A new weapon against antibiotic-resistant bacteria
#weapon #antibioticresistant #bacteria Welcome to Alaska Green Light Blog, here is the new story we have for you today:
UNIGE researchers have discovered that a drug commonly used to treat herpes can fight an antibiotic-resistant bacterium by interfering with its defense mechanisms.
Antimicrobial resistance, or the ability of bacteria to develop resistance to antibiotic treatment, has become a major concern for global health. The World Health Organization (WHO) considers it to be one of the greatest health hazards. Overuse of antibiotics has contributed to the emergence of antibiotic-resistant bacteria, which can lead to serious illness and death. An example of an antibiotic-resistant pathogen is Klebsiella pneumoniae, a bacterium commonly found in hospitals and known for its virulence. Without effective treatment options, we could see a resurgence of diseases like pneumonia and salmonella that were once easily treated with antibiotics.
Researchers at the University of Geneva (UNIGE) have found that edoxudine, an anti-herpes molecule developed in the 1960s, can disrupt the protective surface of Klebsiella bacteria, making them more susceptible to elimination by immune cells. The researchers’ findings were recently published in the journal PLOS ONE.
Klebsiella pneumoniae causes many respiratory, intestinal, and urinary tract infections. Because of its resistance to most common antibiotics and its high virulence, some of its strains can be fatal to 40% to 50% of those infected. There is an urgent need to develop new therapeutic molecules to counteract this.
“Since the 1930s, medicine has relied on antibiotics to get rid of disease-causing bacteria,” explains Pierre Cosson, professor in the Department of Cellular Physiology and Metabolism at UNIGE’s Faculty of Medicine, who led this research. “But other approaches are also possible, including trying to weaken the bacteria’s defense system so that they can no longer escape the immune system. This pathway seems all the more promising as the virulence of Klebsiella pneumoniae largely relies on its ability to evade attack by immune cells.”
An amoeba as a model
To determine whether or not the bacteria were weakened, UNIGE scientists used an experimental model with surprising properties: the amoeba Dictyostelium. This single-celled organism feeds on bacteria by capturing and ingesting them, using the same mechanisms that immune cells use to kill pathogens. “We genetically modified this amoeba so that it can tell us whether the bacteria it encounters are virulent or not. This very simple system then allowed us to test thousands of molecules and identify those that reduced bacterial virulence,” explains Pierre Cosson.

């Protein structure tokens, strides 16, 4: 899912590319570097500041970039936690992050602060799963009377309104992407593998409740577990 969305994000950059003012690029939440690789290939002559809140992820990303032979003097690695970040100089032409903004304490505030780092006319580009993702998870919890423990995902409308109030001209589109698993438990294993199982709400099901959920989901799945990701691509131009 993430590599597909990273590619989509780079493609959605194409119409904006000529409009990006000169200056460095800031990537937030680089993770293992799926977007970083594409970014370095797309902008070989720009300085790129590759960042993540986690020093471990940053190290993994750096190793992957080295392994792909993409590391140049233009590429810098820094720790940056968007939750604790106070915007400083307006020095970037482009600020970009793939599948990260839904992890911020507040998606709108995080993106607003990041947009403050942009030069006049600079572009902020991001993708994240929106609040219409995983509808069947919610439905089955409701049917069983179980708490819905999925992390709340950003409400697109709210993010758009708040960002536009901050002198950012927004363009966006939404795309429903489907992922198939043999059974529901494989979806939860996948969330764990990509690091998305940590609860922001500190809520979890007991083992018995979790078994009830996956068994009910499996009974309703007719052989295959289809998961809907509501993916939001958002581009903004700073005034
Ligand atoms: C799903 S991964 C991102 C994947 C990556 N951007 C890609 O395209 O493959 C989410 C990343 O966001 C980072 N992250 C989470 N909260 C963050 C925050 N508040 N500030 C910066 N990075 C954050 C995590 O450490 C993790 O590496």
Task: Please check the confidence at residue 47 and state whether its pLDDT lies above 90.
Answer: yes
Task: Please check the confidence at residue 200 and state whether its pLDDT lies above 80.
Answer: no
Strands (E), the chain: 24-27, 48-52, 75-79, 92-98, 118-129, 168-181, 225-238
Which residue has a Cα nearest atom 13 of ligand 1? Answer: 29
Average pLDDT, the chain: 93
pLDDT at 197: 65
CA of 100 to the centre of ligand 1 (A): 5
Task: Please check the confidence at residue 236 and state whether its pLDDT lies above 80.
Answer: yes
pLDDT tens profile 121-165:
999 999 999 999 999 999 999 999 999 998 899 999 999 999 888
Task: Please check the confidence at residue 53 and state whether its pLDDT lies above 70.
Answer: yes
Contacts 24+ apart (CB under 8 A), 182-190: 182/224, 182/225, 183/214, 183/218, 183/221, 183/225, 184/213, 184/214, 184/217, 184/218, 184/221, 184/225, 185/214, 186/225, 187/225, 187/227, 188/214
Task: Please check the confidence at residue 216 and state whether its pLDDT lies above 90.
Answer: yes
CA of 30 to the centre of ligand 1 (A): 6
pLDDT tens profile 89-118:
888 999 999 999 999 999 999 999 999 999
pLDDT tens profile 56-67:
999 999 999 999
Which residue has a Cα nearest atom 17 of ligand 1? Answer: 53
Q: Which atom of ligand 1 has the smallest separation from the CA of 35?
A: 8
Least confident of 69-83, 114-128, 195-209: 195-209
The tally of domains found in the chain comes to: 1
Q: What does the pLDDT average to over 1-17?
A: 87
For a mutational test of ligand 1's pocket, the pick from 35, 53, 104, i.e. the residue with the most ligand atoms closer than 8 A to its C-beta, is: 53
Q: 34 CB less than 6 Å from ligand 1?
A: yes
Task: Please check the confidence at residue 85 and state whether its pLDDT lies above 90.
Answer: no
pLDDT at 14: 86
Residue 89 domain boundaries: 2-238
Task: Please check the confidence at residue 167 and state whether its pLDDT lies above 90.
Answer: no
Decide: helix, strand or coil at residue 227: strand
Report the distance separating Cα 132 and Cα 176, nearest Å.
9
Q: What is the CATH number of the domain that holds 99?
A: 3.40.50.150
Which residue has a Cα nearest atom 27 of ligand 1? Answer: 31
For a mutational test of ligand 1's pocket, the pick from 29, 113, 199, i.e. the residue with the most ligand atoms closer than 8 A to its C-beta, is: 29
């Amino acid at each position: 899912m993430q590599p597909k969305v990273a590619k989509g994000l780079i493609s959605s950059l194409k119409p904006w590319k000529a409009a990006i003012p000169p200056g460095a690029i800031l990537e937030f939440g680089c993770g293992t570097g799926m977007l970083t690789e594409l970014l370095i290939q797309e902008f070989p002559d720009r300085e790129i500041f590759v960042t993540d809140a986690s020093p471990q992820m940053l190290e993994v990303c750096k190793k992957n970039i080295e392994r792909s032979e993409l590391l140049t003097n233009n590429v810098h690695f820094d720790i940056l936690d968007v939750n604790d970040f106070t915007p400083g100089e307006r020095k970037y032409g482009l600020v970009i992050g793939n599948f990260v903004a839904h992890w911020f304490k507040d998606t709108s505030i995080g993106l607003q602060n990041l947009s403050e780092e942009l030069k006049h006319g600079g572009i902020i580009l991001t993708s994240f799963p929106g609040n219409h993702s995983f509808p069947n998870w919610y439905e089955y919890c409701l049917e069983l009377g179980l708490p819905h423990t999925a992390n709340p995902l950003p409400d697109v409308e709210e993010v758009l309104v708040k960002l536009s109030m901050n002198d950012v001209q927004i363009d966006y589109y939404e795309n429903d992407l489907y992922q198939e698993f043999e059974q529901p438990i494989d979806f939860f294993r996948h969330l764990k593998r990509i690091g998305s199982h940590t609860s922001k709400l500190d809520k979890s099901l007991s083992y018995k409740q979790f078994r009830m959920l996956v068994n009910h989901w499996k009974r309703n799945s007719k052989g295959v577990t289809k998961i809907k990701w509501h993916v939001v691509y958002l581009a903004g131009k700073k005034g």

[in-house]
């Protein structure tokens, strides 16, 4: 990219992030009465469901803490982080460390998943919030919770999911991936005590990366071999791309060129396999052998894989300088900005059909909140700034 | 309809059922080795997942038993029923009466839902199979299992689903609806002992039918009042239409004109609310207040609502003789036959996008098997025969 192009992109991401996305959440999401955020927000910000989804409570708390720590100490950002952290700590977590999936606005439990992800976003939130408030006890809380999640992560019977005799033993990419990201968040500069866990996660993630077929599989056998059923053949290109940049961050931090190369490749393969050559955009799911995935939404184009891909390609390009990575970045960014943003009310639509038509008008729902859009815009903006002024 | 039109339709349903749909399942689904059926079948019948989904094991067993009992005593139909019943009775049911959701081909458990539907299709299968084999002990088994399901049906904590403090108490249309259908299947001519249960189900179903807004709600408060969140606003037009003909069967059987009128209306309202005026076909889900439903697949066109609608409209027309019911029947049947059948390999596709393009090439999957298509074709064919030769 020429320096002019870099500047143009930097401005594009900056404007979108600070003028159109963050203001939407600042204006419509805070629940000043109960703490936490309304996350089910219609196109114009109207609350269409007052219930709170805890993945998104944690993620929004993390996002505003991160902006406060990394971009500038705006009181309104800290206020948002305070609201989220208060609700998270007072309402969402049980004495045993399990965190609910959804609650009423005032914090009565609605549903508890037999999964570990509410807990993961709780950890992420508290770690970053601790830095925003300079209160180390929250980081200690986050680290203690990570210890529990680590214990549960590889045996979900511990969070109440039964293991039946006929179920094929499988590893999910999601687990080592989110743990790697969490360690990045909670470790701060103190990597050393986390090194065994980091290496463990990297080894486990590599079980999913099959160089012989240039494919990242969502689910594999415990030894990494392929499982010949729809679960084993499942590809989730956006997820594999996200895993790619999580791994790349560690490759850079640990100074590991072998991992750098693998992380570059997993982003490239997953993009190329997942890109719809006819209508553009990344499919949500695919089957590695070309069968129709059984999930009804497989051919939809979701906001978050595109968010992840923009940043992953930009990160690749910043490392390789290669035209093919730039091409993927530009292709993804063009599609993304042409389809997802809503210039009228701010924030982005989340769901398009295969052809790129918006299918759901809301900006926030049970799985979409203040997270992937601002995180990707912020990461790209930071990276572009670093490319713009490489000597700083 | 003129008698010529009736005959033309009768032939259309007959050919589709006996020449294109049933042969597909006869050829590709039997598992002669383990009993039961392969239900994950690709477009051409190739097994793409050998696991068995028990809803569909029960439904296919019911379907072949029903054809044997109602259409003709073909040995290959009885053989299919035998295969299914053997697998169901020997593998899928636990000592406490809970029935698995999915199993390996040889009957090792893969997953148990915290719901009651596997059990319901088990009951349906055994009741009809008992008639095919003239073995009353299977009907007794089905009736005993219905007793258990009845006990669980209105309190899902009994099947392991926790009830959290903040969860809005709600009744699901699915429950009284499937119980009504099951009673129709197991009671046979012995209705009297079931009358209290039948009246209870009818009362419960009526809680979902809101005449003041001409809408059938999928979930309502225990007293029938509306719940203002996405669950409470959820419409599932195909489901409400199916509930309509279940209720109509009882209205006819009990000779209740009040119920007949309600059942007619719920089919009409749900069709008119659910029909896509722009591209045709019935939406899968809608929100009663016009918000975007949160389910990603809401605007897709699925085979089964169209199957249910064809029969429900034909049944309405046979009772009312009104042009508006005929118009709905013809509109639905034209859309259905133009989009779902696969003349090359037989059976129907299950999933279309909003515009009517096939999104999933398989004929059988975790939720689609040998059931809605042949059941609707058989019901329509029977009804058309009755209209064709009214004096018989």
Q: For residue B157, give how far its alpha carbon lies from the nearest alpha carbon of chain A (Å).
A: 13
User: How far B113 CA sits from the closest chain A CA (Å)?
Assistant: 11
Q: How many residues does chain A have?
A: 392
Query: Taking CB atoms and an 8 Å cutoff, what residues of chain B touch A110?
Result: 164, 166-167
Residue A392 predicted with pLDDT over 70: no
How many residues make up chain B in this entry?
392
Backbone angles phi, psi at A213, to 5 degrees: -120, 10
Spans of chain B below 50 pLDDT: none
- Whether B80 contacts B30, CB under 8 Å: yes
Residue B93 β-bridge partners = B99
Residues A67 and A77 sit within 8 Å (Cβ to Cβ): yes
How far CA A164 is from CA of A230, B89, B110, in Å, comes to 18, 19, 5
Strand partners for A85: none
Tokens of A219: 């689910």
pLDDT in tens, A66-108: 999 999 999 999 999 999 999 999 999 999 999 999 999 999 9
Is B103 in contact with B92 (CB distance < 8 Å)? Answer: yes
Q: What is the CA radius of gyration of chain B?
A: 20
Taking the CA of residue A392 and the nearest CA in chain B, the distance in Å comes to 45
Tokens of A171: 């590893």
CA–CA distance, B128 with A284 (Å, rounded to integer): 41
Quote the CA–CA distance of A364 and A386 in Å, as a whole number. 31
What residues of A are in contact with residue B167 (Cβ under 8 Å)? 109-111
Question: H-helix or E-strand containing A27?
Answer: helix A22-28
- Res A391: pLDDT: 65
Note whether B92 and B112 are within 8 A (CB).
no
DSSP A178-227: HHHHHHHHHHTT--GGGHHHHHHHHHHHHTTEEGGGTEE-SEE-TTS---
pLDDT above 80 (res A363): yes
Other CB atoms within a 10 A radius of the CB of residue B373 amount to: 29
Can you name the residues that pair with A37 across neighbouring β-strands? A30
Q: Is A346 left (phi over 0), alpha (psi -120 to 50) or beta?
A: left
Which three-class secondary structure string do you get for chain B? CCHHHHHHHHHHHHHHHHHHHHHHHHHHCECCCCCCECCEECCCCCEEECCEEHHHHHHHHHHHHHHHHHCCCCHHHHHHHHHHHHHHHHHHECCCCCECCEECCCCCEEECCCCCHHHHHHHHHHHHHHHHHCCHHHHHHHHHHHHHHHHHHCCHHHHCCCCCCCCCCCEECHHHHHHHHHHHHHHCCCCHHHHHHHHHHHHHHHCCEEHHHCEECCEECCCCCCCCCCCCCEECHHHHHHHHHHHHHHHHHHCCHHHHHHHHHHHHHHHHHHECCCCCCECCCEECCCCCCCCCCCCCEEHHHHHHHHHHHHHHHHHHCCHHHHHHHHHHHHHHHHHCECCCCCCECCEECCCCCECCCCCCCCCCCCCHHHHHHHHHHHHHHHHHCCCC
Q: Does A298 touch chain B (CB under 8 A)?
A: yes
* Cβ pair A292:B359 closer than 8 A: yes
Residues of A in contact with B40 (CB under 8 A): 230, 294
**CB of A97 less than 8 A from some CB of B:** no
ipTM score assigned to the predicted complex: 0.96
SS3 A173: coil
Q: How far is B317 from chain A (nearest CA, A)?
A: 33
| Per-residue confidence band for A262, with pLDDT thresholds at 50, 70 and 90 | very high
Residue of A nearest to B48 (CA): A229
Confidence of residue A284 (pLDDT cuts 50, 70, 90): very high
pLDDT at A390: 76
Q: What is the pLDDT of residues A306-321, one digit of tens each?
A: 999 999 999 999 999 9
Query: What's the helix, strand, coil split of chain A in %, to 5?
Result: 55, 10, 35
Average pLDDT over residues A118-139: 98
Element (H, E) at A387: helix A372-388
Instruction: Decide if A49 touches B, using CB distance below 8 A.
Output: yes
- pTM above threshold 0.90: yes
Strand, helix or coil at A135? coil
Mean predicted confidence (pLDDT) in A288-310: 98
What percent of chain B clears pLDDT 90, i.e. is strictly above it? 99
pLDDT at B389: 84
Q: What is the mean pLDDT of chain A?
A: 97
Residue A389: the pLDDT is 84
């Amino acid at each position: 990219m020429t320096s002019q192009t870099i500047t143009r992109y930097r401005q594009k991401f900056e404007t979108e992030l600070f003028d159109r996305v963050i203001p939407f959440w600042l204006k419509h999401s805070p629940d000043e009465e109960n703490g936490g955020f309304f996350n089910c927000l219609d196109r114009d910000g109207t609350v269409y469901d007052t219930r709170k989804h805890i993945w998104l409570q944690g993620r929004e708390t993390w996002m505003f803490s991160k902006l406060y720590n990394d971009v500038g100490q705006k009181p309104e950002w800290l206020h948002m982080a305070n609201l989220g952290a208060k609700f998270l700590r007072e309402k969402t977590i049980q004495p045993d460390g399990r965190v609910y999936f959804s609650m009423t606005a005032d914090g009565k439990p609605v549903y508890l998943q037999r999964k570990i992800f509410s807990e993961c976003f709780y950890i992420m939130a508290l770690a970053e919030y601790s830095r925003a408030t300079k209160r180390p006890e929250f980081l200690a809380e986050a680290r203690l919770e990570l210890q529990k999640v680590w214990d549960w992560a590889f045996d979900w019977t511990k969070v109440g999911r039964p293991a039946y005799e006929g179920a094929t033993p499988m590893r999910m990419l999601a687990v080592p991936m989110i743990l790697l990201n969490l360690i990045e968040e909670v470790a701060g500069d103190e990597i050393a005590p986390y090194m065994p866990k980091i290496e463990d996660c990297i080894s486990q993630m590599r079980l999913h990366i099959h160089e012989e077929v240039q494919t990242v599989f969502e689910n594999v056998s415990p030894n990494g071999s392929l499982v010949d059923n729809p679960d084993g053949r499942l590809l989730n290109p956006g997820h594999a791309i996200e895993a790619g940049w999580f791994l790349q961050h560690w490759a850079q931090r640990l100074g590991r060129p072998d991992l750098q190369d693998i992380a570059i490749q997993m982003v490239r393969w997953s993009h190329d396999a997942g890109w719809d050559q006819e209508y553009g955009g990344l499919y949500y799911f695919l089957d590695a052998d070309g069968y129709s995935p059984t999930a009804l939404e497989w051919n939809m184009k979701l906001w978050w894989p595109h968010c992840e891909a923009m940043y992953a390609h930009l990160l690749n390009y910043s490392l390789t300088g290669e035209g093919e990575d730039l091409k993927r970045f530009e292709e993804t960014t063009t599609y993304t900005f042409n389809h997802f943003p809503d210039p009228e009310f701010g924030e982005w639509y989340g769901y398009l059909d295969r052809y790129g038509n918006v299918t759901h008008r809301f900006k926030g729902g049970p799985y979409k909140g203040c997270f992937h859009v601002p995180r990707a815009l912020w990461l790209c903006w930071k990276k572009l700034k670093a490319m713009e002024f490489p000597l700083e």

Weakening the bacteria without killing them
Drug development is a long and expensive process with no guaranteed results. UNIGE scientists therefore opted for a faster and safer strategy: reviewing existing drugs to identify potential new therapeutic indications.
The research team evaluated the effect on Klebsiella pneumoniae of hundreds of drugs already on the market across a wide range of therapeutic indications. A drug developed against herpes, edoxudine, proved to be particularly promising. “By altering the surface layer that protects the bacteria from their external environment, this pharmacological product makes them vulnerable. Unlike an antibiotic, edoxudine does not kill the bacteria, which limits the risk of developing resistance, a major benefit of such an antivirulence strategy,” says the researcher.
Although the effectiveness of such a treatment in humans has yet to be confirmed, the results of this study are encouraging: edoxudine acts on even the most malignant strains of Klebsiella pneumoniae and at lower concentrations than those prescribed to treat herpes. “Sufficiently weakening the bacteria without killing them is a subtle strategy, but one that could prove to be a winner in the short and long term,” concludes Pierre Cosson.
Reference: “5-Ethyl-2′-deoxyuridine fragile outer wall of Klebsiella pneumoniae and facilitates intracellular killing by phagocytic cells” by Estelle Ifrid, Hajer Ouertatani-Sakouhi, Tania Jauslin, Sebastien Kicka, Gianpaolo Chiriano, Christopher F. Harrison, Hubert Hilbi, Leonardo Scapozza, Thierry soldi and Pierre Cosson, October 31, 2022, PLOS ONE.